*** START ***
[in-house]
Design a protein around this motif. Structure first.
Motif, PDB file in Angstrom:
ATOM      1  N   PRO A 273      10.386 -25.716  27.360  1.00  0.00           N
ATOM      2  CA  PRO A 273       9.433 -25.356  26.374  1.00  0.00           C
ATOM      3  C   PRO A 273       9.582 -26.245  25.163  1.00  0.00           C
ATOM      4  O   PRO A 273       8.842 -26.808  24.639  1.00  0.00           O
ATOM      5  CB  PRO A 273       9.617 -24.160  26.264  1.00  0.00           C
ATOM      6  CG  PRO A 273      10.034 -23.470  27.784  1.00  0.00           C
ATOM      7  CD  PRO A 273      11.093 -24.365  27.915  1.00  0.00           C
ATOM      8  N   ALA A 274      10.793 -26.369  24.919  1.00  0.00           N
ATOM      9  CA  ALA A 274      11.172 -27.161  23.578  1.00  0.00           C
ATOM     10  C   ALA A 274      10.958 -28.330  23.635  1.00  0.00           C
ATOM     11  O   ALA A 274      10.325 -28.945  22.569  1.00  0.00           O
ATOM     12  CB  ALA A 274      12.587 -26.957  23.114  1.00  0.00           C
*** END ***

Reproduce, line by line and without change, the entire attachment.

[in-house]
Design a protein around this motif. Structure first.
Motif, PDB file in Angstrom:
ATOM      1  N   PRO A 273      10.386 -25.716  27.360  1.00  0.00           N
ATOM      2  CA  PRO A 273       9.433 -25.356  26.374  1.00  0.00           C
ATOM      3  C   PRO A 273       9.582 -26.245  25.163  1.00  0.00           C
ATOM      4  O   PRO A 273       8.842 -26.808  24.639  1.00  0.00           O
ATOM      5  CB  PRO A 273       9.617 -24.160  26.264  1.00  0.00           C
ATOM      6  CG  PRO A 273      10.034 -23.470  27.784  1.00  0.00           C
ATOM      7  CD  PRO A 273      11.093 -24.365  27.915  1.00  0.00           C
ATOM      8  N   ALA A 274      10.793 -26.369  24.919  1.00  0.00           N
ATOM      9  CA  ALA A 274      11.172 -27.161  23.578  1.00  0.00           C
ATOM     10  C   ALA A 274      10.958 -28.330  23.635  1.00  0.00           C
ATOM     11  O   ALA A 274      10.325 -28.945  22.569  1.00  0.00           O
ATOM     12  CB  ALA A 274      12.587 -26.957  23.114  1.00  0.00           C